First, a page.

Cracker Jack has delighted children for more than a century as they dig into a box, or nowadays, a bag of the caramel-coated popcorn and peanut treat searching for the prize inside. It’s in baseball stadiums across the country where the snack truly stands out, though, as thousands of fans sing out “Buy me some peanuts and Cracker Jack!” as part of baseball’s unofficial anthem, Take Me Out to the Ball Game.
“So what’s Cracker Jack’s secret?” Susan Feeney asked in her 2002 NPR report. “Three little words: toy surprise inside. One of the main ingredients that has helped Cracker Jack make a lasting impression, not to mention one of the first things that kids will look for on popping open a box, is the prize.”
The earliest version of Cracker Jack was introduced at the 1893 Columbian Exposition. “Candied Popcorn and Peanuts” was the creation of Frederick and Louis Rueckheim. It wasn’t an instant hit.
“People at the World’s Fair didn’t like the stickiness and the hardness of the early Cracker Jack,” wrote Linda Stradley, author of What’s Cooking America. “So Louis made a formula that made a great molasses coating that was crispy and dry. This secret formula is still a secret in the Cracker Jack Company today.”
Jim Davis, who has written two books about Cracker Jack prizes and prize collecting, said the World’s Fair story may not be entirely accurate. “Documentation says just the opposite; the Rueckheims were not listed among a detailed and comprehensive list of World’s Fair vendors. They could have been outside the gates, I suppose,” he says.
While coming up with the new recipe took time, coming up with a name took three years. According to the Odebolt Chronicle Progress Edition, a company salesman and Frederick were sampling the latest batch of the popcorn confection, when the salesman said, “That’s a cracker jack!”
“Why not call it by that name?” Frederick said.
“I see no objection,” the salesman said.
“That settles it then.”
And Cracker Jack was born.
H.G. Eckstein joined the company in 1896 after he came up wax packaging that kept the popcorn from sticking together in one large clump and ensured freshness. This expanded the market for Cracker Jack tremendously since it could be shipped much further away. “In 1902, Cracker Jack was featured in the Sears catalog which meant that even individuals without access to a large city grocery store could order the product through the catalog and when it arrived it would be fresh,” Jim Trautman wrote in his article, “Crackerjacks and Those Wonderful Prizes.”
Cracker Jack’s big competitor in the early 20th century was Checkers. Checkers’ edge was that it offered prizes in each box. At the time, Cracker Jack offered coupons that could be redeemed for premiums. “You could save up the coupons and redeem them for big items like furniture and appliances,” says Harriet Joyce with the Cracker Jack Collectors Association.
Such premiums appealed to adults, though, and the bulk of the Cracker Jack market was children. In 1912, the Rueckheims copied a good idea and began offering their own prizes. They improved on the idea, though, by offering the prizes in series to encourage repeat business. That, plus a better product, allowed Cracker Jack to overtake Checkers in sales and eventually buy the company that made the popcorn treat.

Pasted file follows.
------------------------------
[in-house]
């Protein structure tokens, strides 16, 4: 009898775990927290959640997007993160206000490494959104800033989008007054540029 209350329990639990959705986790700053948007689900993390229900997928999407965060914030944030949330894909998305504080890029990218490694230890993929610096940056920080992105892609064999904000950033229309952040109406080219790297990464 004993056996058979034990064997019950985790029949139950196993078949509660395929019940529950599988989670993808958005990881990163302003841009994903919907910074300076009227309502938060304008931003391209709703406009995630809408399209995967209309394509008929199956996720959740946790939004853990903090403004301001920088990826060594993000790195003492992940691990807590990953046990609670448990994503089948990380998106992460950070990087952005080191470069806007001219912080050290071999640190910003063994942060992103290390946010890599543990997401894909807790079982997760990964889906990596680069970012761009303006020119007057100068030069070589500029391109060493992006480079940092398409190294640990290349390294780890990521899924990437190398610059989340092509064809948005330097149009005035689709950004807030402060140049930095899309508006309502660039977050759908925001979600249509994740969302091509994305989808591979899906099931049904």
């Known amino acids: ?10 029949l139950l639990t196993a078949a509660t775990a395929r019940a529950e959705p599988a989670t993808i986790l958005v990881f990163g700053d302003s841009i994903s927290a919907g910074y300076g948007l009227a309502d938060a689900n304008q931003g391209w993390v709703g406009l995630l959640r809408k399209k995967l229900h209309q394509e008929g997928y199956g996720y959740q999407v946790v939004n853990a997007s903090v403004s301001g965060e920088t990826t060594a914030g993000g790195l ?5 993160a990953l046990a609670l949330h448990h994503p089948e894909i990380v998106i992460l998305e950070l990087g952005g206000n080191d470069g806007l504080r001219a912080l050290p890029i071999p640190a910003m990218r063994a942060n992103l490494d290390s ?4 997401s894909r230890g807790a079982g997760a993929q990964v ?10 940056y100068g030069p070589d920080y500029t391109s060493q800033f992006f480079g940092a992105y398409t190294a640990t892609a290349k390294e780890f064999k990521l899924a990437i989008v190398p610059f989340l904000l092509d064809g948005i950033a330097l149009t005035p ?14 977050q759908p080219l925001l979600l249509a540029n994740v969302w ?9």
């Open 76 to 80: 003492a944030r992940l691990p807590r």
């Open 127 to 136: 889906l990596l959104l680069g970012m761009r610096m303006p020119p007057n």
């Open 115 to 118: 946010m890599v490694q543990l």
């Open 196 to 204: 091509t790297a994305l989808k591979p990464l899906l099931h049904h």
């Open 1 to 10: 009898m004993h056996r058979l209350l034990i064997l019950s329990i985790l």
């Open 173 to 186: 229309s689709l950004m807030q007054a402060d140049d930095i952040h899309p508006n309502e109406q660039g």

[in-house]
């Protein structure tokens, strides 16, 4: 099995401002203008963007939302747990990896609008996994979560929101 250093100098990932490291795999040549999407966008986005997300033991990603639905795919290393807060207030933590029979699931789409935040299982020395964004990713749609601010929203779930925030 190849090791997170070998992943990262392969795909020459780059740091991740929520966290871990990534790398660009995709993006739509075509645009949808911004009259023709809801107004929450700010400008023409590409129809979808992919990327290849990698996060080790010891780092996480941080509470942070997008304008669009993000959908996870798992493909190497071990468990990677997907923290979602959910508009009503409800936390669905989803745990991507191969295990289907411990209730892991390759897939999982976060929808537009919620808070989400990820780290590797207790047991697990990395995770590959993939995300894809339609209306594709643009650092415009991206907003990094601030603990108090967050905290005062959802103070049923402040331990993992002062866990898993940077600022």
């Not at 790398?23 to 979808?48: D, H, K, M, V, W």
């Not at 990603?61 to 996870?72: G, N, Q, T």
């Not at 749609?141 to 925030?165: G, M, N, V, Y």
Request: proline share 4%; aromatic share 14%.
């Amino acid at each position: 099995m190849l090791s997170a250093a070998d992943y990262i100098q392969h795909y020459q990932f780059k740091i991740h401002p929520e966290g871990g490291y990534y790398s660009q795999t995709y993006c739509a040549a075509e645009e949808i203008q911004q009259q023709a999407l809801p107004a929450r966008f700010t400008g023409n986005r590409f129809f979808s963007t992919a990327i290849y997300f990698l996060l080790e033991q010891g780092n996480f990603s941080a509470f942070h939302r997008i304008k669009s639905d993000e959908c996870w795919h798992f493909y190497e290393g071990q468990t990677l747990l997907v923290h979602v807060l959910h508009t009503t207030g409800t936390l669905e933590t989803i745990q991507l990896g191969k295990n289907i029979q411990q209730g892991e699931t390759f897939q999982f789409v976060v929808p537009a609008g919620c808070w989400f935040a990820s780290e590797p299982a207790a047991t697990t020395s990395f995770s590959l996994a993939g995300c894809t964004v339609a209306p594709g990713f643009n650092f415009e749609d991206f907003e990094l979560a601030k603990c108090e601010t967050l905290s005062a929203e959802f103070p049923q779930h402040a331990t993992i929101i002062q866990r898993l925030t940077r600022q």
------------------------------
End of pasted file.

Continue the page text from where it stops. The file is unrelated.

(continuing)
As America entered World War I, expressions of patriotism could be seen everywhere. Cracker Jack introduced the red, white, and blue stripes to its boxes and created a patriotic mascot.
F.E. Ruhling, general sales manager for F.W. Rueckheim & Bros., wrote in the April 7, 1921, issue of Printer’s Ink, “It was entirely logical, therefore, that the trade character which we created should be a boy, jovial, happy, his arm full with three packages of his favorite. It is a trade character designed to appeal to children to work its way into their memory and make friends of them. And because every boy should have his dog for a pal, we gave the Cracker Jack boy his Bingo—a hybrid pup of questionable pedigree, but just the sort that every boy loves.”
The model for Sailor Jack is said to be Robert Rueckheim, Frederick’s grandson.
“I’ve seen a picture of Robert in the white sailor suits that were popular at the time,” Joyce said. “He was a blond-haired boy, but he didn’t look anything like Sailor Jack.”
That’s probably just as well since Robert died from pneumonia in 1920 at the age of 7.
Bingo is said to have been based on a stray dog Eckstein had adopted named Russell. Russell died in 1930.
The initial Sailor Jack advertising campaign in 1918 was followed by consumer testing to see if they both liked and remembered Sailor Jack and Bingo. Due to an overwhelming positive response, Sailor Jack and Bingo were added to the packaging a year later, according to Ruhling.
Cracker Jack continues to be popular today, though it has gone through a couple of corporate changes and has been owned by Frito-Lay since 1997.
You can even find collectors clubs made up of people with a passion for collecting the different prizes that Cracker Jack boxes have hidden over the years. Some of them can be worth thousands of dollars, depending on their rarity. Trautman wrote that the Chicago office of Cracker Jack kept in a vault at least one of every item ever manufactured.
Cracker Jack also remains available in every Major League Baseball stadium, where it can sell more than 1,000 bags a game, depending on attendance. When the New York Yankees tried to change the popcorn treat in their stadium, fans were outraged, and within two months Cracker Jack was back. Yankees’ chief operating officer, Lonn Trost, said at the time, “The fans have spoken.”